Botanical name: Eucalyptus deglupta Family: Myrtaceae (Myrtle family)
Rainbow Eucalyptus is the only Eucalyptus species found naturally in the Northern Hemisphere. Its natural distribution spans New Britain, New Guinea, Ceram, Sulawesi and Mindanao. Now, this tree is cultivated widely around the world, mainly for pulpwood used in making paper. It is the dominant species used for pulpwood plantations in the Philippines. This tree is also grown for ornamental purposes, due to the showy multi-colored streaks that cover the trunk. Patches of outer bark are shed annually at different times, showing the bright-green inner bark. This then darkens and matures to give blue, purple, orange and then maroon tones. Juvenile leaves are opposite, ovate to lanceshaped. Adult leaves are almost opposite, rarely alternate, shortly stalked, held almost horizontal on branches, ovate to ovate-lanceshaped or acuminate, thicker than juvenile leaves, 7.5-15 (max. 20) x 5-7.5 (max. 10) cm. Flowers 3-7 umbels in terminal or axillary panicles 5-20 x 5-18 cm. Flower-stalks are round or slightly angular, about 5 mm long. Young buds are small, green with double opercula. Developed buds are pale green or cream, globular, apiculate, 0.2-0.4 x 0.2-0.5 mm, operculum hemispherical, apiculate and wider than long; flowers with many white to pale yellow stamens 2-10 mm long, strongly reflexed in the unopened bud. Fruit are pedicallate, hemispherical, with 3-4 valves, thin, deltoid, exserted to 2 mm, making the capsule appear globular, 3-5 x 3-5 mm, and disc very narrow; mature fruits brown to dark brown, containing 3-12 well-formed seeds per valve; seeds minute, brown, flattened, with a small terminal wing.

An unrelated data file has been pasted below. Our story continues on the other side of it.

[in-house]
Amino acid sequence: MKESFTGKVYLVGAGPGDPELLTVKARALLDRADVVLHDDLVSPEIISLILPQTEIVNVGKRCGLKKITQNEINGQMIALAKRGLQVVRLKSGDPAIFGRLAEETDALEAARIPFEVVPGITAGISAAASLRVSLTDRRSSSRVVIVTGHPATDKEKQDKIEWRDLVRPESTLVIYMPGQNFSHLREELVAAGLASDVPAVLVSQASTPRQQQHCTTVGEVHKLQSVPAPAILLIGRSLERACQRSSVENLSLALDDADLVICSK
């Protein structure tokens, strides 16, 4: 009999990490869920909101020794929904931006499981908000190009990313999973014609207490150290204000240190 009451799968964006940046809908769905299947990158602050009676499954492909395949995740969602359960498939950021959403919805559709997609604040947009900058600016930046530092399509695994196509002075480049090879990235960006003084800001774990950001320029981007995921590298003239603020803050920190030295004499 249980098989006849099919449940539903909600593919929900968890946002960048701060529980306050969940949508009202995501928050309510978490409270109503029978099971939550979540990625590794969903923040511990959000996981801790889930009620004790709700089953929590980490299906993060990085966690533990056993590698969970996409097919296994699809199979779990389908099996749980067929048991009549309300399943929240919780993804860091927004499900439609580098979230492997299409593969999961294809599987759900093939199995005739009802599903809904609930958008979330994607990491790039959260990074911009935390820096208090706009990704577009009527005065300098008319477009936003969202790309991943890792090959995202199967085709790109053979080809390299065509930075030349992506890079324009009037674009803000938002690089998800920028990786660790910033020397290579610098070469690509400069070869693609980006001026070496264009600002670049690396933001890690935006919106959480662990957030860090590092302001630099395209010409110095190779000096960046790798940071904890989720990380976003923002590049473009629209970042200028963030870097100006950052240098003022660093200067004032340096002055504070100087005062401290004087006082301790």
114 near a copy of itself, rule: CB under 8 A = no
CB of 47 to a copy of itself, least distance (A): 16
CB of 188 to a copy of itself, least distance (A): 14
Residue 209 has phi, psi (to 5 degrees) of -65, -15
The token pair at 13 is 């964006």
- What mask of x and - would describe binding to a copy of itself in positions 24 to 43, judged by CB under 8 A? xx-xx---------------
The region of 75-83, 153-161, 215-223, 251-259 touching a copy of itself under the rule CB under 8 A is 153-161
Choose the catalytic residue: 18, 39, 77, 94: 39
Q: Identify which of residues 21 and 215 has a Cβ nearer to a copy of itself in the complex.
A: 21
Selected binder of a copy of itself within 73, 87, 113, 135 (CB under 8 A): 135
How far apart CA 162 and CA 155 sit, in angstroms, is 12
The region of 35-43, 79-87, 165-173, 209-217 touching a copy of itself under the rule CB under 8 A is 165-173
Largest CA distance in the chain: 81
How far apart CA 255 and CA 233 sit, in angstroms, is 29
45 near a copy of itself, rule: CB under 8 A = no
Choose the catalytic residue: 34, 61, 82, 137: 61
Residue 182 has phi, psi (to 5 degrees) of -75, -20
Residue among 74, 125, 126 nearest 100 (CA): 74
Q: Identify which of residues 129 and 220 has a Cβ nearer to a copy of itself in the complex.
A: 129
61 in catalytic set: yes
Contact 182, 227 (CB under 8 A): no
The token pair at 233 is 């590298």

Identification credit: Amit Kumar
The flower labeled Rainbow Eucalyptus is ...